Am. J. Ment. Retard. 1997 Mar; 101(5): 497-504 "Tourette’s syndrome associated with mental retardation: a single-subject treatment study with haloperidol"

"A Tic Checklist and direct observation tic measurement procedure were developed for the assessment of Tourette’s syndrome in individuals with mental retardation. Using a single-subject reversal design, we applied this assessment method to the evaluation of haloperidol treatment for a subject with Tourette’s syndrome and severe mental retardation. Relative to baseline, haloperidol 10 mg/day produced decreases of 66% in simple motor tics, 46% in complex motor tics, 45% in simple vocal tics, and 50% in complex vocal tics. Improvement was also seen in careprovider ratings of tic severity, hyperactivity, and compulsive behaviors."

Aust. N. Z. J. Psychiatry 1996 Jun; 30(3): 392-396 "Tics status"

"OBJECTIVES: To describe two patients with tics status, propose a definition of this syndrome and draw attention to its clinical significance. METHOD: Two patients suffering from Tourette’s Syndrome who had developed episodes of continual motor tics that lasted from minutes to hours, were non-suppressible and intruded into normal functioning, were treated with an increase in the dose of haloperidol, in one case with the addition of clonazepam. RESULTS: The offset of the episodes was gradual and the tic disorder was worse after the episodes. One patient had further spontaneous episodes of tics status. CONCLUSIONS: The recognition of tics status has implications for the management as well as our understanding of the pathobiology of tics and Tourette’s Syndrome. The definition of tics status should be standardized."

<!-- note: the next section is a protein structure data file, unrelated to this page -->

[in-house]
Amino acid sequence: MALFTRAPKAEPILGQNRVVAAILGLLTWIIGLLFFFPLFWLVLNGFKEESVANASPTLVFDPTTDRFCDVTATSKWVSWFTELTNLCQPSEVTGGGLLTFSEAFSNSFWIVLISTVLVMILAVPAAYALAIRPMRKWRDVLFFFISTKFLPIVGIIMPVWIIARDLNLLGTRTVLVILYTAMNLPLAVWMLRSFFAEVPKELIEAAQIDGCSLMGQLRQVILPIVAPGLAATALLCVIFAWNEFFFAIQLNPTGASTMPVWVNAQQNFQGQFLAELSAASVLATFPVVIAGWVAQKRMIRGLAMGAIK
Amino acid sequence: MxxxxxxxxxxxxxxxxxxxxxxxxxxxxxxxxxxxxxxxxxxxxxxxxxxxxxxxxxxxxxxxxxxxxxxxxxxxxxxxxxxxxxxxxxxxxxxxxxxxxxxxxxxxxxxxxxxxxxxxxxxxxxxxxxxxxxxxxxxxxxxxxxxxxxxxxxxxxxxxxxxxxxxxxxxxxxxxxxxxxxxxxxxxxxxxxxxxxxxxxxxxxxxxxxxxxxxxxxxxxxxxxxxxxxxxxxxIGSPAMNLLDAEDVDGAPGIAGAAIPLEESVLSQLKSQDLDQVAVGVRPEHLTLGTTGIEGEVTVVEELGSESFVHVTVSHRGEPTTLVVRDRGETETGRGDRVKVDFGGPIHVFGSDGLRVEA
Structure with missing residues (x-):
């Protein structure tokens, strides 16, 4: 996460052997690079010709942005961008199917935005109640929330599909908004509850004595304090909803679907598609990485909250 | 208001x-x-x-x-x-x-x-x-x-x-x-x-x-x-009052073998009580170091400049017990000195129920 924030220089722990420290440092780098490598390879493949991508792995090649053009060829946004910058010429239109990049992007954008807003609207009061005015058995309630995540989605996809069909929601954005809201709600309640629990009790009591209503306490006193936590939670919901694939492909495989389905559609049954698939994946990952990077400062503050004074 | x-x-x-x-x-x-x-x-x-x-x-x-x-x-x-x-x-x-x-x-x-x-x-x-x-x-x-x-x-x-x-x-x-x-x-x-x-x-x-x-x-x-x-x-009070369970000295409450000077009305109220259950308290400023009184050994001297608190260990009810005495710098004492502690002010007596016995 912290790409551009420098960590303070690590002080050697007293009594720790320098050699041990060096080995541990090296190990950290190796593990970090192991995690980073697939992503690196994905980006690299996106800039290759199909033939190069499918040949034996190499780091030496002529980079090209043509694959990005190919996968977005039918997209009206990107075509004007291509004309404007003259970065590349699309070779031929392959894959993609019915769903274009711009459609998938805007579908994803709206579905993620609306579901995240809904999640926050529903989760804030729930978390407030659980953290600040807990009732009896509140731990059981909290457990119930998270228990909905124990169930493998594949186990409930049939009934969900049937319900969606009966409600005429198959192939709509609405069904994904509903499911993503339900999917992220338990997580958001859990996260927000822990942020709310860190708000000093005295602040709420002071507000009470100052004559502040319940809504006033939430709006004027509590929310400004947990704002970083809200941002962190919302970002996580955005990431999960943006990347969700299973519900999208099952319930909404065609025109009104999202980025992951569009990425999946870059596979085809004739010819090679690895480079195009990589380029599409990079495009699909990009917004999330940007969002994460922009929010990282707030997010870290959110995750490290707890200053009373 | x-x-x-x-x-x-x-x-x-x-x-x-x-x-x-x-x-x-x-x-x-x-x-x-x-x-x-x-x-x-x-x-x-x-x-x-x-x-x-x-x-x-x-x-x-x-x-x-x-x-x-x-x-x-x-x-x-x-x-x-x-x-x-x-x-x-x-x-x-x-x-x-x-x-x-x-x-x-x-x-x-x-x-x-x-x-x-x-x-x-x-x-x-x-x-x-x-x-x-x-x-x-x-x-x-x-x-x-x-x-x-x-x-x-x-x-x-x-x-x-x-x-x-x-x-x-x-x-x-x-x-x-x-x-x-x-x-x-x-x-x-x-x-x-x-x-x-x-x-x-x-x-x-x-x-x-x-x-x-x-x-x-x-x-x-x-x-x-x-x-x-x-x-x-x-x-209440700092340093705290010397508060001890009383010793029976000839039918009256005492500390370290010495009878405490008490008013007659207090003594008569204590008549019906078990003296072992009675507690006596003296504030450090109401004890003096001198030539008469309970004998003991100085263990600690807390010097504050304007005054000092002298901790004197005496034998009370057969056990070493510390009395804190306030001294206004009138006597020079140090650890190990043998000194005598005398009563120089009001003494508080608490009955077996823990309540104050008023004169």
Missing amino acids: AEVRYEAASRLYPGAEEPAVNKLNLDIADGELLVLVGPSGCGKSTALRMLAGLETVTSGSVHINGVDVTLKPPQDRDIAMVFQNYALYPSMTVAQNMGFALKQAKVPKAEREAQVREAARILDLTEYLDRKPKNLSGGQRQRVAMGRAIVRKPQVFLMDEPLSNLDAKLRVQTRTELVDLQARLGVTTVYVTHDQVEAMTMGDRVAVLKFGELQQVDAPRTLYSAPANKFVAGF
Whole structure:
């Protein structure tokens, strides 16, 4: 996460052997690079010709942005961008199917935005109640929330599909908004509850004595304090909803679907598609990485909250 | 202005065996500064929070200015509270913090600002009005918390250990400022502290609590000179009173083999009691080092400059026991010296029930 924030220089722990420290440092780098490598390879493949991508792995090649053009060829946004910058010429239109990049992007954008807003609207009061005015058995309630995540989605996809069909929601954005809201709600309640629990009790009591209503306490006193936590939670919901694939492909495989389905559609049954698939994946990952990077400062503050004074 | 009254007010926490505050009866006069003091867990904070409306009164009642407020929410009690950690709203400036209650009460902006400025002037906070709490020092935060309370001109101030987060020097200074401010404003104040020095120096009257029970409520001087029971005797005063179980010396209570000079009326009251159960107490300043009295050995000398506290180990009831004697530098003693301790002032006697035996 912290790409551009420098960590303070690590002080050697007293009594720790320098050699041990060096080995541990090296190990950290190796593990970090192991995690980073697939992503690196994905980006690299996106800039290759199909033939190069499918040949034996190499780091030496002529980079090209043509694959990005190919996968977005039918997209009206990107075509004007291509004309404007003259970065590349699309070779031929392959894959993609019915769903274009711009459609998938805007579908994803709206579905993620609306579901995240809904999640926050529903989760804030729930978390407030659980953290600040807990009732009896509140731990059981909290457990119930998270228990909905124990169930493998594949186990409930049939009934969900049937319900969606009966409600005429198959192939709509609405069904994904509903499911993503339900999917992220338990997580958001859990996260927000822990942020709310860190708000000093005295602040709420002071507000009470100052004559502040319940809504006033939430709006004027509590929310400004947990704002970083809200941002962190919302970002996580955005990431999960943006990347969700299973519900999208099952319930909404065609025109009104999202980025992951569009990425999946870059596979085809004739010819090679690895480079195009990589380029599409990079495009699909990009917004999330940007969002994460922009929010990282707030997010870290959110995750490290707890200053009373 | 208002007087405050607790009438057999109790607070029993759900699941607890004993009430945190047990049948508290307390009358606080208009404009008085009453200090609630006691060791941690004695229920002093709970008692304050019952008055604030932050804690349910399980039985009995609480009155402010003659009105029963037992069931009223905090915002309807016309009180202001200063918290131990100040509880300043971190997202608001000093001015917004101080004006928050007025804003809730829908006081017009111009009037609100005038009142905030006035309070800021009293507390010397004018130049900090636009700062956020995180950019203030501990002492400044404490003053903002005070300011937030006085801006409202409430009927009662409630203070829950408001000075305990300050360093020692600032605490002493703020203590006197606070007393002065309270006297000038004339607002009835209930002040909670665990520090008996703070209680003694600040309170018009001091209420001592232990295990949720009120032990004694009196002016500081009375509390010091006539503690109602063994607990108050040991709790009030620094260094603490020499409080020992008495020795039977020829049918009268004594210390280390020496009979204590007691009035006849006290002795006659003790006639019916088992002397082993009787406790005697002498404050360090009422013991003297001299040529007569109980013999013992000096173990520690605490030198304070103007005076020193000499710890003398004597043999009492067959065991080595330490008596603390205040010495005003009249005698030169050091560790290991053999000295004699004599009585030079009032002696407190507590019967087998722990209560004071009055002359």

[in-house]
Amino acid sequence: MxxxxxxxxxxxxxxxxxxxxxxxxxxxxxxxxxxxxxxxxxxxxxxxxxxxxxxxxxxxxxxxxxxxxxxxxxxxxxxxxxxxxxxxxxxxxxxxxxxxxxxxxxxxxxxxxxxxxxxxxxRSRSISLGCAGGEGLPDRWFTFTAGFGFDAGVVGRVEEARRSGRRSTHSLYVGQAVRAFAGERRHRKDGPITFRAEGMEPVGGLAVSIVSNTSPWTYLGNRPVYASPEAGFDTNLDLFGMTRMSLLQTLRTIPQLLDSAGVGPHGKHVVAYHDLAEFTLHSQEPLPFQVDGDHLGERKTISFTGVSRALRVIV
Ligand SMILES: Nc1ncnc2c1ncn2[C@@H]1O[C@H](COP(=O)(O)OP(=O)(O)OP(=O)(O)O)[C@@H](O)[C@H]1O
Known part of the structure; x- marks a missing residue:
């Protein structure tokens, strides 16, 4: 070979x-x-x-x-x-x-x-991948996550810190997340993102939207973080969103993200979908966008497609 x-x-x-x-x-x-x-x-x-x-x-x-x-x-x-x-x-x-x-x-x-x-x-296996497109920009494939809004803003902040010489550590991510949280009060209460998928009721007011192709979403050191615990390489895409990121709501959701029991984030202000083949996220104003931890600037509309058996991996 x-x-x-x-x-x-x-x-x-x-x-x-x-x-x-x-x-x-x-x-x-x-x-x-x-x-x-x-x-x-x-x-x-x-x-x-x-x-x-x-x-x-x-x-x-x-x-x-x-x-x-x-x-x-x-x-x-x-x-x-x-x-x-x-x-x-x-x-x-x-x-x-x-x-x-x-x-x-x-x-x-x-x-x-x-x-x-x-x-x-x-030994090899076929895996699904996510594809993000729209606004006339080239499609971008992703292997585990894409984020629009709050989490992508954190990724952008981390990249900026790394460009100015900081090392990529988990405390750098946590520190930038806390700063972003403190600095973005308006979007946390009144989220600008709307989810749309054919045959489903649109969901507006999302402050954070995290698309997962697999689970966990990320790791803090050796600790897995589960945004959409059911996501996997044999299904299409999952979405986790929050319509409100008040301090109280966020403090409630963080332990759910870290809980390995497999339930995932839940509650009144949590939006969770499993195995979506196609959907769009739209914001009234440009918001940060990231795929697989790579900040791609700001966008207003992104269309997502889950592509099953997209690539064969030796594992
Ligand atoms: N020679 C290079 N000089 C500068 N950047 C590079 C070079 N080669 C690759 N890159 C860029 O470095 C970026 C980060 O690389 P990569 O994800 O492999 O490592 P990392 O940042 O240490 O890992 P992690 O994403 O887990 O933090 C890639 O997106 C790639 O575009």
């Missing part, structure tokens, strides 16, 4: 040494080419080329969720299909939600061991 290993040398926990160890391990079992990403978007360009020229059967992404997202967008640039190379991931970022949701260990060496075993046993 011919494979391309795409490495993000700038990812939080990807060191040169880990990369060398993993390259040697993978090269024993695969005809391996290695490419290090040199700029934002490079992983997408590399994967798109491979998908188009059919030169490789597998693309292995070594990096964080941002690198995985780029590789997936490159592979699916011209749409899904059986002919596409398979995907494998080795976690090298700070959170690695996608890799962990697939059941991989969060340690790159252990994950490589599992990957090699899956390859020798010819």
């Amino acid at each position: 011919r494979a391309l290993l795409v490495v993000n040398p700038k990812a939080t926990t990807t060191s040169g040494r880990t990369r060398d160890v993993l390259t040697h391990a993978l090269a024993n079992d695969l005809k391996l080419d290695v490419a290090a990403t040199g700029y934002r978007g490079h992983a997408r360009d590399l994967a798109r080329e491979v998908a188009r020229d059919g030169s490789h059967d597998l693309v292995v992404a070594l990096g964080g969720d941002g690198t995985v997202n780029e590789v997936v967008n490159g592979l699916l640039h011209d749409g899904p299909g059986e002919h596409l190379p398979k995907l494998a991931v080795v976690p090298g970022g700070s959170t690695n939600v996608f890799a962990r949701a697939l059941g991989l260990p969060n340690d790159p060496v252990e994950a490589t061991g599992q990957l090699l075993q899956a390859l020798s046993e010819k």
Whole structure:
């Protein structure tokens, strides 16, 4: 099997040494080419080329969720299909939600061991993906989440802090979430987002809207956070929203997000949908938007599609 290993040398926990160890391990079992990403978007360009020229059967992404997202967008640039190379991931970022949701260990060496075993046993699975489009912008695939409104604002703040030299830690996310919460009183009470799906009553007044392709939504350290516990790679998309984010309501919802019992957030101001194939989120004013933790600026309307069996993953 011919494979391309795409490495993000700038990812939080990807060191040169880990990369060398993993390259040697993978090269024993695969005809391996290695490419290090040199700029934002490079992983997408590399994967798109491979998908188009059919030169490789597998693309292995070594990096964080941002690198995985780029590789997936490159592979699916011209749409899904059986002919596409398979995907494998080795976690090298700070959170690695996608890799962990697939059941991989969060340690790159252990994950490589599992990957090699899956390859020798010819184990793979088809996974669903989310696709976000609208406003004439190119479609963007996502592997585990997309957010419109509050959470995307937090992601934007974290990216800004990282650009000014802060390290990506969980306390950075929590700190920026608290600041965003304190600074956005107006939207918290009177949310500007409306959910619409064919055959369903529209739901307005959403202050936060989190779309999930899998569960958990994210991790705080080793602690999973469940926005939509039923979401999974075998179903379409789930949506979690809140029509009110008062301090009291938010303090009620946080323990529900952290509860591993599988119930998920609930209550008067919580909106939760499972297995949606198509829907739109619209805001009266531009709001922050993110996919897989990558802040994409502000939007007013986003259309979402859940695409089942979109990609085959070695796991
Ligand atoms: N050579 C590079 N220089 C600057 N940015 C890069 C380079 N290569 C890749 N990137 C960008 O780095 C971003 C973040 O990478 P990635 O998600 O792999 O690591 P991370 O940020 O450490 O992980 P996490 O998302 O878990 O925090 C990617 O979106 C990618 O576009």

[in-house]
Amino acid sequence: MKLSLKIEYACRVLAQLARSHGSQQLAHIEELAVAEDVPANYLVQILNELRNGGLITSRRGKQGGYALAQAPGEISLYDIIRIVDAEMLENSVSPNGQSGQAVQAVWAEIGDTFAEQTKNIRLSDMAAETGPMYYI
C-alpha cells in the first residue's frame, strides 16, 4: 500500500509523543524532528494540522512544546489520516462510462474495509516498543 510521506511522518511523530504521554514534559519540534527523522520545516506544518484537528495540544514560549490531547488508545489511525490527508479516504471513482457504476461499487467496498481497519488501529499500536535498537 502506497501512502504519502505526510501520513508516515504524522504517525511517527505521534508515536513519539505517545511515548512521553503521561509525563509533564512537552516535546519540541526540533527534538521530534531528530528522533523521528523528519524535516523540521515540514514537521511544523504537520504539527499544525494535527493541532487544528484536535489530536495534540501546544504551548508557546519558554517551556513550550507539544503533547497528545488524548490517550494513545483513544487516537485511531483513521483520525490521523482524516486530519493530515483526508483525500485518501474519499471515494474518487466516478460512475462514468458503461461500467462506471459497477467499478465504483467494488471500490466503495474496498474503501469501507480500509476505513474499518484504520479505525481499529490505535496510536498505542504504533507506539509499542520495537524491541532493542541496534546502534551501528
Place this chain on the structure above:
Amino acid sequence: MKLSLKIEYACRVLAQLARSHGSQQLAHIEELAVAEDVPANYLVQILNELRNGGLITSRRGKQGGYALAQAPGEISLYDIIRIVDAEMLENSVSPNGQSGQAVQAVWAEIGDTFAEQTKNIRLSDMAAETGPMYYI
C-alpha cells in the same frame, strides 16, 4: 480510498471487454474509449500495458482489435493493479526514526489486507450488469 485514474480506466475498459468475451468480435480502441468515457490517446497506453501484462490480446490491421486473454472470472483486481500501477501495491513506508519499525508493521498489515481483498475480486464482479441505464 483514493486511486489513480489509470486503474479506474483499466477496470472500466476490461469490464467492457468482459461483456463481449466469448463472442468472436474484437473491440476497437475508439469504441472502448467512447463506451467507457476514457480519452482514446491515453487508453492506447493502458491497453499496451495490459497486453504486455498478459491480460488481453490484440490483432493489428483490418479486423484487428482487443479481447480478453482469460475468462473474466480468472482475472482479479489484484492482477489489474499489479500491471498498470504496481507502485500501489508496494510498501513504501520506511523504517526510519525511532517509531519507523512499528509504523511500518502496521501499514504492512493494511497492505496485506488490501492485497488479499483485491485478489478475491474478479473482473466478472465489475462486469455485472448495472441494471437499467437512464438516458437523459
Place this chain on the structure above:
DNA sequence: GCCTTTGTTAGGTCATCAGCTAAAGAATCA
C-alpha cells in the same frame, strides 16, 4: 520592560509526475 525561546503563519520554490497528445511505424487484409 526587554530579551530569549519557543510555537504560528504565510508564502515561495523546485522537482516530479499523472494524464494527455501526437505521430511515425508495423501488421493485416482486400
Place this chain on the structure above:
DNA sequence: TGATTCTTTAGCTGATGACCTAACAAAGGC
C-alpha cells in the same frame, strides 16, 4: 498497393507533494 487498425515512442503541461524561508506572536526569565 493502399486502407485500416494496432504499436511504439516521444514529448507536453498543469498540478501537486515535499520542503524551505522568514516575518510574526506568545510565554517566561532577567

Nicotine has also been found to be useful, again for a limited time, in Tourette’s syndrome. Smoking, i.e., nicotine, increases the production of DHEA.

J. Steroid. Biochem. Mol. Biol. 1993 Aug; 46(2): 245-251 "Cigarette smoking is associated with elevated adrenal androgen response to adrenocorticotropin"

"Cigarette smoking alters the pattern of endogenous steroid levels. We examined this phenomenon in two separate male groups. Group A consisted of 189 dyslipidemic men participating in the Helsinki Heart Study and group B of 100 men including patients with heart disease and healthy controls. The subjects in the latter group underwent ACTH-testing. In group A, smokers had significantly higher basal androstenedione and dehydroepiandrosterone sulfate (DHEAS) levels and androstenedione/cortisol ratios than nonsmokers. Mean concentrations of cortisol, dehydroepiandrosterone (DHEA), androstanediol glucuronide, testosterone, and sex-hormone binding globulin (SHBG) did not differ between smokers and nonsmokers. In group B, smokers had lower high density lipoprotein (HDL)-cholesterol and apolipoprotein AI and higher triglyceride levels than nonsmokers. Basal androstenedione and ACTH stimulated androstenedione and DHEA concentrations were higher in smokers. No significant differences were found in basal insulin, SHBG, estrone, estradiol, testosterone, free testosterone, and dihydrotestosterone concentrations between smokers and nonsmokers. These results suggest that smoking decreases the activity of either 21- or 11 beta-hydroxylase in the adrenal cortex, which results in increased secretion of adrenal androgens."

Psychol. Med. 1997 Mar; 27(2): 483-487 "Differential effects of transdermal nicotine on microstructured analyses of tics in Tourette’s syndrome an open study"